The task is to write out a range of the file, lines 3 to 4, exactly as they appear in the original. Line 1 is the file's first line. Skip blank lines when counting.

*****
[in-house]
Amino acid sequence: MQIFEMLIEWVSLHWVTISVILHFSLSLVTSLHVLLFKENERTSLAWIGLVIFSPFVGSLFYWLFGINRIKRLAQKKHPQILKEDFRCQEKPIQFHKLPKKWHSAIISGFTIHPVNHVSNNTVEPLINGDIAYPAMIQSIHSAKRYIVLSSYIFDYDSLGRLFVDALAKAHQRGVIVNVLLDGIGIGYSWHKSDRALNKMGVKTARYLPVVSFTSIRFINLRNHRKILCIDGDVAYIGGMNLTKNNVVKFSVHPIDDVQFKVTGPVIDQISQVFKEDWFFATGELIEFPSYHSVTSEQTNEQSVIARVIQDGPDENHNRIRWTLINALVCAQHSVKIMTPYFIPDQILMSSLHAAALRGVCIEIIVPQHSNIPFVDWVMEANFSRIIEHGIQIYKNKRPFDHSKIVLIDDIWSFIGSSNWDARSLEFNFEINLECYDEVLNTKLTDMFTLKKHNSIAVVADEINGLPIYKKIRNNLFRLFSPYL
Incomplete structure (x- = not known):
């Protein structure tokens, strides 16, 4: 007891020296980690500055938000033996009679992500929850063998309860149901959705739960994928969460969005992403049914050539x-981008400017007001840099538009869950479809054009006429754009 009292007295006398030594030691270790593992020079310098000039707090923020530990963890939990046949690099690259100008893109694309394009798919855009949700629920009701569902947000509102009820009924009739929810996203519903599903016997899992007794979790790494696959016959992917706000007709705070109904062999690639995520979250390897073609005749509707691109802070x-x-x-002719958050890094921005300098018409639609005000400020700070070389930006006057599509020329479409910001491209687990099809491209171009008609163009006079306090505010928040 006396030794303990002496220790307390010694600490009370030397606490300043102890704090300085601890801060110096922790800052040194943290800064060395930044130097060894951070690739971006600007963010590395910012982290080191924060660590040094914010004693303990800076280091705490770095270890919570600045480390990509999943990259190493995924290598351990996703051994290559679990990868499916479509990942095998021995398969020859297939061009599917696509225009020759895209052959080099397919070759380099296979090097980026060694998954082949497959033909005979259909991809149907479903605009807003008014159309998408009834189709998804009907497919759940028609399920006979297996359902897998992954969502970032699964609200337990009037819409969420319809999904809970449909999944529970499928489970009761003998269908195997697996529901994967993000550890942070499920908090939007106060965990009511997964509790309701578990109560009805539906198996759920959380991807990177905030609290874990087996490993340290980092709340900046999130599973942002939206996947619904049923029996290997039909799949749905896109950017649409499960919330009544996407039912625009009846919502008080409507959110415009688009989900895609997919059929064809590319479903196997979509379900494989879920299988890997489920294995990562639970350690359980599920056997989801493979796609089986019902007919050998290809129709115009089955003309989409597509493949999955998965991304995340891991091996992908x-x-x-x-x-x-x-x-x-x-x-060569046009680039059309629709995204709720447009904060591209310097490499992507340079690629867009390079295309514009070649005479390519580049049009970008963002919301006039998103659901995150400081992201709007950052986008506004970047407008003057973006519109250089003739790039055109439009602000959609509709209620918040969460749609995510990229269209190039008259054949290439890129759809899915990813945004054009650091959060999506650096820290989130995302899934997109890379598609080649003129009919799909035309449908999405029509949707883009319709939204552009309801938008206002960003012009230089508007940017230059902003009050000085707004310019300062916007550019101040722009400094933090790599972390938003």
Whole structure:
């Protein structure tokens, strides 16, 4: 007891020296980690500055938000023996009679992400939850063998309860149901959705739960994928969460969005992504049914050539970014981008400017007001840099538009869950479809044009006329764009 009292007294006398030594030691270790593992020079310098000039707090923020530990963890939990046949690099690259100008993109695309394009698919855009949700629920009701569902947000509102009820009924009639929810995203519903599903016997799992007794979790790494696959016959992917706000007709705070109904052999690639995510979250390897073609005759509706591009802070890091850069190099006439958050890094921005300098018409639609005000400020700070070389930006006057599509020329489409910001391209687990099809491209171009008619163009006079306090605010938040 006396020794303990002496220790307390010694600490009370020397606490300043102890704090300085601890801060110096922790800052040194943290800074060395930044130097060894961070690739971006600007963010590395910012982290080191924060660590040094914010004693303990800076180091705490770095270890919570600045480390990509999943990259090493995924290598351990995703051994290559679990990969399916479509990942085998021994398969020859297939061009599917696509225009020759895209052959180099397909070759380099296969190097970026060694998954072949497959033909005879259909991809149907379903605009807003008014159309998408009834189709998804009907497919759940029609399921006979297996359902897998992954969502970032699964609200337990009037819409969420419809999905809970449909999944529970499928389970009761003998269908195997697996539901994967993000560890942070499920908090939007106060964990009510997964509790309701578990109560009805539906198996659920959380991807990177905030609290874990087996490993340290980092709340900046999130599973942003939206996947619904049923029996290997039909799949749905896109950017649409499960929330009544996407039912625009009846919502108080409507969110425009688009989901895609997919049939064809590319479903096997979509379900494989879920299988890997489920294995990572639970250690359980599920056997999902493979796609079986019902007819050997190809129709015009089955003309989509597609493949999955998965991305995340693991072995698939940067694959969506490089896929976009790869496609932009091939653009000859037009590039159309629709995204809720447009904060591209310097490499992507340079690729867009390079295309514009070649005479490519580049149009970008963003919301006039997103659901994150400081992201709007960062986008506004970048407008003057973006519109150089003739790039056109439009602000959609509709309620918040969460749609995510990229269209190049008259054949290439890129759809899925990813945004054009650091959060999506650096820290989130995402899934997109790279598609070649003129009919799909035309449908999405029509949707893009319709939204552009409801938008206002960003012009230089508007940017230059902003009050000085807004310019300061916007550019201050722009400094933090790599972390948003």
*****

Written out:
Incomplete structure (x- = not known):
């Protein structure tokens, strides 16, 4: 007891020296980690500055938000033996009679992500929850063998309860149901959705739960994928969460969005992403049914050539x-981008400017007001840099538009869950479809054009006429754009 009292007295006398030594030691270790593992020079310098000039707090923020530990963890939990046949690099690259100008893109694309394009798919855009949700629920009701569902947000509102009820009924009739929810996203519903599903016997899992007794979790790494696959016959992917706000007709705070109904062999690639995520979250390897073609005749509707691109802070x-x-x-002719958050890094921005300098018409639609005000400020700070070389930006006057599509020329479409910001491209687990099809491209171009008609163009006079306090505010928040 006396030794303990002496220790307390010694600490009370030397606490300043102890704090300085601890801060110096922790800052040194943290800064060395930044130097060894951070690739971006600007963010590395910012982290080191924060660590040094914010004693303990800076280091705490770095270890919570600045480390990509999943990259190493995924290598351990996703051994290559679990990868499916479509990942095998021995398969020859297939061009599917696509225009020759895209052959080099397919070759380099296979090097980026060694998954082949497959033909005979259909991809149907479903605009807003008014159309998408009834189709998804009907497919759940028609399920006979297996359902897998992954969502970032699964609200337990009037819409969420319809999904809970449909999944529970499928489970009761003998269908195997697996529901994967993000550890942070499920908090939007106060965990009511997964509790309701578990109560009805539906198996759920959380991807990177905030609290874990087996490993340290980092709340900046999130599973942002939206996947619904049923029996290997039909799949749905896109950017649409499960919330009544996407039912625009009846919502008080409507959110415009688009989900895609997919059929064809590319479903196997979509379900494989879920299988890997489920294995990562639970350690359980599920056997989801493979796609089986019902007919050998290809129709115009089955003309989409597509493949999955998965991304995340891991091996992908x-x-x-x-x-x-x-x-x-x-x-060569046009680039059309629709995204709720447009904060591209310097490499992507340079690629867009390079295309514009070649005479390519580049049009970008963002919301006039998103659901995150400081992201709007950052986008506004970047407008003057973006519109250089003739790039055109439009602000959609509709209620918040969460749609995510990229269209190039008259054949290439890129759809899915990813945004054009650091959060999506650096820290989130995302899934997109890379598609080649003129009919799909035309449908999405029509949707883009319709939204552009309801938008206002960003012009230089508007940017230059902003009050000085707004310019300062916007550019101040722009400094933090790599972390938003």